google-search-tips-sourcing

How To Source Smarter On Google?

Have you used Google today? Or should we say, have you not Googled today? 

Every day, there are millions of internet users making search inquiries on Google. Each of them has a purpose to serve or a problem to resolve. Some use it for educational purposes and finding references and answers to complete schoolwork. Some conduct researches for businesses.  More often, some even search for entertainment and just for fun. Having that generic picture in mind, by now you should know that very few people actually know how to use Google, let alone maximizing its full search engine power. There are very few true Google experts; “search tips” are unheard of. And – surprise! – even fewer actually garner search tips for sourcing.

Needless to say, we all want to search more effectively and get to what we want faster with the least trial-and-error. To help you streamline your search process on Google, like finding trending products, today we are giving away 14 top search tips for sourcing purposes. This way, you can find your product, manufacturer, supplier, or do market research faster. So without further adieu, let’s start using Google search more efficiently and get your best search results with these insider techniques:

1. Search by quotes

If you want to search for something very specific, one rather rare trick is to search by quotes. This way, Google can cut down the guesswork by not having to generate less relevant search results. To do this, you have to search by quotes, meaning you have to put your search keyword in quotation marks. This would instruct the search engine to only generate results that contain the whole phrase.

Let’s put this into practice. If you are to search for baby play mats, most people would just type in Baby Play Mat into the Google search bar. But because this entry does not contain quotation marks, the engine will produce search results that contain these three words, but in any random order, such as play baby mat or baby mat play.

On the contrary, if you add quotation marks to your search query, i.e. type in “Baby Play Mat” instead, Google will search for content that contains this particular phrase in the exact word order. This technique helps sort out search results that may contain the same words, but are not specifically related to your research.

2. Hyphenate the words to avoid

2. Hyphenate the words to avoid

There are many words that come with vague meanings and connotations, and sometimes some big players in SEO or content are simply too competitive, they own a keyword. Take basketball shoes as an example. If you search basketball shoes on Google, it is very likely that something from Nike will show up in your search result. Given how strong the household brand’s marketing strategies are, undoubtedly they have become a synonym of basketball shoes and rank high with a strong SEO game. But what if Nike basketball shoes are not something you are looking for?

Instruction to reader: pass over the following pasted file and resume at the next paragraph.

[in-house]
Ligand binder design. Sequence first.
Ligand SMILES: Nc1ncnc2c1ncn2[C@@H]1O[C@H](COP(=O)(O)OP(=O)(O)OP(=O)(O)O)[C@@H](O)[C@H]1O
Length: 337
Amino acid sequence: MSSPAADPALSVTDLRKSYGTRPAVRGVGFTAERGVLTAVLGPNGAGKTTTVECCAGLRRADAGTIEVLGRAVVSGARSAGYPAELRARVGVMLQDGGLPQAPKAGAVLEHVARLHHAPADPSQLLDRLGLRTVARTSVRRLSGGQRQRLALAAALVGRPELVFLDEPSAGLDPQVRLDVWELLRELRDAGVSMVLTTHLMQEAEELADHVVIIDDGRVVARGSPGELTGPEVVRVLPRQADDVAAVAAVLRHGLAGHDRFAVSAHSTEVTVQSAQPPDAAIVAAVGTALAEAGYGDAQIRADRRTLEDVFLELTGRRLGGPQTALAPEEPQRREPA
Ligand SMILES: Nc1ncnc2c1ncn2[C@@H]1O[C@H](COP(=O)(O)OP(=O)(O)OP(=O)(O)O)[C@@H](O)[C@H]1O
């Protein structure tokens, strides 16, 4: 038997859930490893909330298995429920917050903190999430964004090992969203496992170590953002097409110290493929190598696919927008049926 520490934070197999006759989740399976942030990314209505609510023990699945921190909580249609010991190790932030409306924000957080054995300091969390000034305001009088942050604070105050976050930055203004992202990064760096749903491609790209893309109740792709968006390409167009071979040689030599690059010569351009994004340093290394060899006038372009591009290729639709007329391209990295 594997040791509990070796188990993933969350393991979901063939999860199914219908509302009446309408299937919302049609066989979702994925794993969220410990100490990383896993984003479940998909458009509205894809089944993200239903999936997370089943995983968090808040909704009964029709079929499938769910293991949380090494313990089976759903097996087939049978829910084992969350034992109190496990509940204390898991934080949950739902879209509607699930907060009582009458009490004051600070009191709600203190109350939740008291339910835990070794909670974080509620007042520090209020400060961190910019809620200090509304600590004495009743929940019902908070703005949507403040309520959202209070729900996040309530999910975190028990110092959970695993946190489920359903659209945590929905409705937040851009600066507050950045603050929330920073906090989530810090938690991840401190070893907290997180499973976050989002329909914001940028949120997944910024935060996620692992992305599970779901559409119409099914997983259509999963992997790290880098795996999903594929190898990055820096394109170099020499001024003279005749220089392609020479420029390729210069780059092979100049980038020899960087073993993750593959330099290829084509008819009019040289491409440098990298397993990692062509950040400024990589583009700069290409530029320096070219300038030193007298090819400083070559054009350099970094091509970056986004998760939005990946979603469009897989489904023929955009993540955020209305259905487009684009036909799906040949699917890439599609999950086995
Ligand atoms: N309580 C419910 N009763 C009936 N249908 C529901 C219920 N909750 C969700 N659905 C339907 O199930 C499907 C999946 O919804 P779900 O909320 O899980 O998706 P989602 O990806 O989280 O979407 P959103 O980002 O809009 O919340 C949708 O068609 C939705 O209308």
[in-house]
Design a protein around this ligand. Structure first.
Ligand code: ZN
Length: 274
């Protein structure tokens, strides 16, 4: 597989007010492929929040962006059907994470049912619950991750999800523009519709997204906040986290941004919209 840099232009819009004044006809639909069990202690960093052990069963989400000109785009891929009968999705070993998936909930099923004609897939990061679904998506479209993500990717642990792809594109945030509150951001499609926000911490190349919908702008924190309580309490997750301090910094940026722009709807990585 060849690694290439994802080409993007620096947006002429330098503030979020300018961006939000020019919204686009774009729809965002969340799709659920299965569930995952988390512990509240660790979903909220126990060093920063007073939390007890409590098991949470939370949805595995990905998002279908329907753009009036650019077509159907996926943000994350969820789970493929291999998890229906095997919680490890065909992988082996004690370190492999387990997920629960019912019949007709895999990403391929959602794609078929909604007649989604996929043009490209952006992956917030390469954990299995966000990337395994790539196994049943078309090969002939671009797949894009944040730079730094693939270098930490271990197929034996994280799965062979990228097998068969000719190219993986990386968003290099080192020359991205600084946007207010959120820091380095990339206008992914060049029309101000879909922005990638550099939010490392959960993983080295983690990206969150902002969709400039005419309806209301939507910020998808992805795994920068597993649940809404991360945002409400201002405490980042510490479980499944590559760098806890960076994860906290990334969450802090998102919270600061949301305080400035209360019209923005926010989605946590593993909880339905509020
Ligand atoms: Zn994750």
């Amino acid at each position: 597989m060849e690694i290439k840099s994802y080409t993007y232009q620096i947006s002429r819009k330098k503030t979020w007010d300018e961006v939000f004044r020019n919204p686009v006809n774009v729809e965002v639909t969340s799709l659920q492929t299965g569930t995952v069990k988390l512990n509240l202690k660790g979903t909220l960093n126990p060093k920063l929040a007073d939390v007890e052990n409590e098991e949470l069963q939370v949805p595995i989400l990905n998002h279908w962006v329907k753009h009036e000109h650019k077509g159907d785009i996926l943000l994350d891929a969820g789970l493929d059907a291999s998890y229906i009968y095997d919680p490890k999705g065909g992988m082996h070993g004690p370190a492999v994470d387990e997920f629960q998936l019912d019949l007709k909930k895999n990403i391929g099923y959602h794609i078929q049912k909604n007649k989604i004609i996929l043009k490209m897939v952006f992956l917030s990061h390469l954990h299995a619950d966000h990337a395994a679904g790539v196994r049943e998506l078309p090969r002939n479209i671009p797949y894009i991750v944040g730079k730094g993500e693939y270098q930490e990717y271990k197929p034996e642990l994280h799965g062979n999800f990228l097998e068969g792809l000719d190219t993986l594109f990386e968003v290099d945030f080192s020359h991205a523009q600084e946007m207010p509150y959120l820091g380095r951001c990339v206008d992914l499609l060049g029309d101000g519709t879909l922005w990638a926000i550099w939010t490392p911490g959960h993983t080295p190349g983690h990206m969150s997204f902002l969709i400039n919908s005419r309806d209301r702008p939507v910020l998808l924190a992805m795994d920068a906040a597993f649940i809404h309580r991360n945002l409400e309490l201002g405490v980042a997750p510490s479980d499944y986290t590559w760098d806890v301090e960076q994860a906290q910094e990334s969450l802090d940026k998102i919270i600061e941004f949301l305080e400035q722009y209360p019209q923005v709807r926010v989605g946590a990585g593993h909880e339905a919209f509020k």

To eliminate this search result from showing up, you can instruct Google by using a hyphen after your search keyword. If you type “Basketball shoes -Nike” instead, the engine would know to ignore the content that contains the word “Nike” in it. This is one of the very impactful search tips for sourcing – by filtering out what you do not want to see or getting information about something outside of your research scoop.

3. Specify search sites with a colon

3. Specify search sites with a colon

At times, we want to search for something within a specific site. Instead of having to first land on the site you have in mind and search within, you can make that search directly on Google. Here is how: simply type in your search query in quotes, followed by a colon and the site. See this example below:

  • “Juicer” site:nytimes.com/wirecutter

This search here instructs Google to search specifically for any content or pages that contain “juicer” on the New York Times Wirecutter site. Content that contains juicer outside of the site will not show in your search results. This is a great shortcut if you want to search on specific sites.

4. Search by finding other similar sites

4. Search by finding other similar sites

Here is a great search tip for sourcing, or even anyone for almost any search scenario, except few people actually know of its existence.

Think of your top-of-mind favorite website. Let’s say it is Shopify. You may go there so often you know the inventory, promotions, and even content inside out. And that is getting boring for you. You need something similar to Shopify, but new and refreshing to your eyes. This is when you can use this “search by finding other similar sites” trick. All you have to type is:

  • related:shopify.com

By searching with this query, content from Shopify will be completely screened off. However, what you will find are sites that are similar to Shopify’s, such as BigCommerce, X-Cart, Magento, and many others in the ecommerce sector. This is one of the best Google search tips for sourcing – by finding something different but similar to what you already know or have in mind, perfect for competitor research.

5. See suggested similar pages

5. See suggested similar pages